I sometimes think I would pirate things myself, but there just really isn't anything worth pirating. All that trouble, just to watch low quality crap? Hell, I won't watch it for free, and most of it would require that I get paid to watch it, due to the enormous waste of my time. Screw the "entertainment industry" and their pack of lying puppets, and really shitty products!

     

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    Meh. (profile), Mar 30th, 2011 @ 8:51am

    Re: What a bunch of garbage!

    This man's experience with the 'joys of going to the theater' is similar to his understanding of the copyright infringment issues: he once read some talking points.

     

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  26.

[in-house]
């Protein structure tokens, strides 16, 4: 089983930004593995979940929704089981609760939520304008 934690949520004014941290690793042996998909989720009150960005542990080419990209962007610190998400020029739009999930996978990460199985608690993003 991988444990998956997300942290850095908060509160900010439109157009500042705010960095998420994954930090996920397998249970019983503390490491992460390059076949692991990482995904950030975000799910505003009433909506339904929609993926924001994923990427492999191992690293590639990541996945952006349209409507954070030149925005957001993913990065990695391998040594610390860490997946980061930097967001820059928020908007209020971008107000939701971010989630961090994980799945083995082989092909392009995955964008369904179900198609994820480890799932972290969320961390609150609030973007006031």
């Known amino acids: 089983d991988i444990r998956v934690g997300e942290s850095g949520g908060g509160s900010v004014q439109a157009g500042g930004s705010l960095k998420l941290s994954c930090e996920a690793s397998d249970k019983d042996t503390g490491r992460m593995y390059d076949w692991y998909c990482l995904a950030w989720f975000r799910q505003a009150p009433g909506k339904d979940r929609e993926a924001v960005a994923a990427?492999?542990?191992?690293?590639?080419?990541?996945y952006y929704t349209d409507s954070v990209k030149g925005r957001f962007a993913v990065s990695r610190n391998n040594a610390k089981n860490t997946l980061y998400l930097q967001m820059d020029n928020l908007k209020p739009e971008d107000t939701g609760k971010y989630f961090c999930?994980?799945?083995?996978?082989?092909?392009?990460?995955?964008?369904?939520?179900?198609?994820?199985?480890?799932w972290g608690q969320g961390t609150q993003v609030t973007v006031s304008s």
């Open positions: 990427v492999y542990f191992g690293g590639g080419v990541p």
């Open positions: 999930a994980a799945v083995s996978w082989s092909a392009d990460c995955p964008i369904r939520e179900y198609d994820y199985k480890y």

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    Dark Helmet (profile), Mar 30th, 2011 @ 8:54am

    Re: Re: Re:

    I happen to agree w/you. Using language to color the argument is silly on both sides. It's called copyright infringement, so why can't we all just use that (in cases of infringement, not sharing legally)?

    Playing games with language does nothing but slow down the eventual resolution to the debate....

     

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    Greevar (profile), Mar 30th, 2011 @ 8:55am

    Re: Re: Re: Re: Re:

    How about we call it was it is: infringement?

     

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    Greevar (profile), Mar 30th, 2011 @ 8:59am

    Re: Why would anyone listen to that stupid, lying POS?

    You mean "products", not products. Bazinga!

     

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    {DOV}Scotty (profile), Mar 30th, 2011 @ 9:08am

    RE:

    So according to the MPAA:

    Sharing = Theft
    Theft = Crime

    Therefore:
    Parent teaching kids to share = Criminal

    Therefore
    Me = very sad person upset with criminal parents.

     

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    Anonymous Coward, Mar 30th, 2011 @ 9:20am

    Re: Re: Re: Re: